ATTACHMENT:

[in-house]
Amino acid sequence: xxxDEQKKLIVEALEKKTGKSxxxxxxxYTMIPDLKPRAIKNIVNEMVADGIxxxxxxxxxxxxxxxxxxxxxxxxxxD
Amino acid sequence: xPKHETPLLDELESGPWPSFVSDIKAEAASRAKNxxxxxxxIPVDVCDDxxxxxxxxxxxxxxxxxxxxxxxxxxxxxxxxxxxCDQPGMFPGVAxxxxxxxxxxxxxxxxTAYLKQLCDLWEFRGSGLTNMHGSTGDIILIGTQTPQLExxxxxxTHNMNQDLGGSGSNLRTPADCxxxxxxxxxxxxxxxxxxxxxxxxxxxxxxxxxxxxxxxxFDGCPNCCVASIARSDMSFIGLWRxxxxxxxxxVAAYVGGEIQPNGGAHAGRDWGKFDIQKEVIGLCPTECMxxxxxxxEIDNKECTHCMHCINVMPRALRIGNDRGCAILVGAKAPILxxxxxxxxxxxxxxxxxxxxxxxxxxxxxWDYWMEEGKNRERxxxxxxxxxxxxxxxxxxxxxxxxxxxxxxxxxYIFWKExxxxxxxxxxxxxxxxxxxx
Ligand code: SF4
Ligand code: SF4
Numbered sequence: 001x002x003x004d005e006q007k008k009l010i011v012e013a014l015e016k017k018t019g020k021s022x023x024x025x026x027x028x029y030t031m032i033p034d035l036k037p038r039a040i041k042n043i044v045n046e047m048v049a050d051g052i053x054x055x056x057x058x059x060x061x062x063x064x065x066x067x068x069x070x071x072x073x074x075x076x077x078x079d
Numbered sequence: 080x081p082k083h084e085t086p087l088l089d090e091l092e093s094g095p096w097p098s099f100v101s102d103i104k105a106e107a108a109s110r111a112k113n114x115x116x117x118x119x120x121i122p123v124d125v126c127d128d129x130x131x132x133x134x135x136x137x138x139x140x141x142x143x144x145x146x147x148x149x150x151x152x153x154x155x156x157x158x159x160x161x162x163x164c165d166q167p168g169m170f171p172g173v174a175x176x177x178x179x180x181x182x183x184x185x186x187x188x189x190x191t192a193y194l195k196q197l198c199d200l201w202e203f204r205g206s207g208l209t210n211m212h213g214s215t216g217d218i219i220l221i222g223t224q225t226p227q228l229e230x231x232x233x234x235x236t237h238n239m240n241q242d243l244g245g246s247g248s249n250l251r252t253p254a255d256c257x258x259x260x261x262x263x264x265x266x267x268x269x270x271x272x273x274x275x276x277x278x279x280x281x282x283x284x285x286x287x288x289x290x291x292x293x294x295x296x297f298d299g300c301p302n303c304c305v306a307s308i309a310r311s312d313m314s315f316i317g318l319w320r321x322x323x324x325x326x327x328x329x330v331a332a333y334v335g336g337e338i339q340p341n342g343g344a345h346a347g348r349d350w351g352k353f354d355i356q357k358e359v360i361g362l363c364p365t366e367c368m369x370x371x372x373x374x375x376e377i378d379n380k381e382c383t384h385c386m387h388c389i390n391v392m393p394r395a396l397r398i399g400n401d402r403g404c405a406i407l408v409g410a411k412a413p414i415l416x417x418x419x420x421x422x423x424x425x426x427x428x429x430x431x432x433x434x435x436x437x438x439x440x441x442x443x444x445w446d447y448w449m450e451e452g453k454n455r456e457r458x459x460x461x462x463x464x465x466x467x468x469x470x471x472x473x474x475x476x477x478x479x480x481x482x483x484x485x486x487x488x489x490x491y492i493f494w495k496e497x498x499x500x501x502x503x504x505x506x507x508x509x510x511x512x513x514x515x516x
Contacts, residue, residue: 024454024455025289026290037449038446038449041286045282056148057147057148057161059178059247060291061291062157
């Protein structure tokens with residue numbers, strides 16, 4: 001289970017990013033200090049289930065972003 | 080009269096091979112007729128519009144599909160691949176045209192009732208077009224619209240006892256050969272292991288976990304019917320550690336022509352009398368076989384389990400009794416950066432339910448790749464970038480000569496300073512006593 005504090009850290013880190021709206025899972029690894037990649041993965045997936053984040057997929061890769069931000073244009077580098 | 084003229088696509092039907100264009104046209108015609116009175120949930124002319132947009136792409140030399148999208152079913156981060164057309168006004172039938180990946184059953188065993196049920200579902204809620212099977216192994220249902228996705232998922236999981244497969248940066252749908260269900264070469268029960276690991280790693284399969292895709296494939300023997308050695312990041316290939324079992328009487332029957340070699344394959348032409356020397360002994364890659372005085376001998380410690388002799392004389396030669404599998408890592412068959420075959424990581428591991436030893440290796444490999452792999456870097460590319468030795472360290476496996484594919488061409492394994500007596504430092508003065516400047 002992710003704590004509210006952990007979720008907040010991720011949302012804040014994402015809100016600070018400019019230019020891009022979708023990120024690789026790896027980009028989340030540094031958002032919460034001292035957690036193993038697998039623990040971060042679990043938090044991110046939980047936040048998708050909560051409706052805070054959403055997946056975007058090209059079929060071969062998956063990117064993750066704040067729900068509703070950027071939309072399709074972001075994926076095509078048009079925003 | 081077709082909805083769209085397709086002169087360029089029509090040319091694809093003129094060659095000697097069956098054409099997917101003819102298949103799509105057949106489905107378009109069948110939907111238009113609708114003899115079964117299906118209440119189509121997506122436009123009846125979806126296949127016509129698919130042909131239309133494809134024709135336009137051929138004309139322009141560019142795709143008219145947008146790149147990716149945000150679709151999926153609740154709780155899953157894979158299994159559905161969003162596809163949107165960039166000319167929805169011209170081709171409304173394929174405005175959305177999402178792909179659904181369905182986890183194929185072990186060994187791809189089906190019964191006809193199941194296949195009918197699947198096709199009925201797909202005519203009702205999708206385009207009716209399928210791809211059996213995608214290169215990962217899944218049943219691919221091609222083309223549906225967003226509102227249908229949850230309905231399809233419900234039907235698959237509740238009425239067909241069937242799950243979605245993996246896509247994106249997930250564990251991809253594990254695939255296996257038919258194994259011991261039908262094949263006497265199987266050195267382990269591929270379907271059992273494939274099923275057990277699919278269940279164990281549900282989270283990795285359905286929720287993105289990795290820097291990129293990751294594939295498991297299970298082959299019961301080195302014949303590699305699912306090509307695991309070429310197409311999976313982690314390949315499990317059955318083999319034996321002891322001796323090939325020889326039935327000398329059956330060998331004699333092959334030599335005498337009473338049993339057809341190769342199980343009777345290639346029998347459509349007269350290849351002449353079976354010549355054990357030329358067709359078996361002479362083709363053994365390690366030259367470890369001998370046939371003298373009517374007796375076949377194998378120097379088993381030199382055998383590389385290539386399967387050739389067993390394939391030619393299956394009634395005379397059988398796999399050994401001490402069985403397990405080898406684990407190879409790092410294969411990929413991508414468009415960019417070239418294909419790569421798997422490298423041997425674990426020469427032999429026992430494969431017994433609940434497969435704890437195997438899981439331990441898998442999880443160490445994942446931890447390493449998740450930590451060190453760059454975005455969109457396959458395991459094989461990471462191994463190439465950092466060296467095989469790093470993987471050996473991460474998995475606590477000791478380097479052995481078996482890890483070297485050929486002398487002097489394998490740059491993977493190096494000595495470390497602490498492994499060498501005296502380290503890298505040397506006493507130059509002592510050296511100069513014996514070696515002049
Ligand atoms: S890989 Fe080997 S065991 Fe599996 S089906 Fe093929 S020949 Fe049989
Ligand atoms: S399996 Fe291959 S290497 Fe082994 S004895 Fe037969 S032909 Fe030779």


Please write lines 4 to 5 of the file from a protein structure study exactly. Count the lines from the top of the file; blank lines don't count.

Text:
Ligand code: SF4
Ligand code: SF4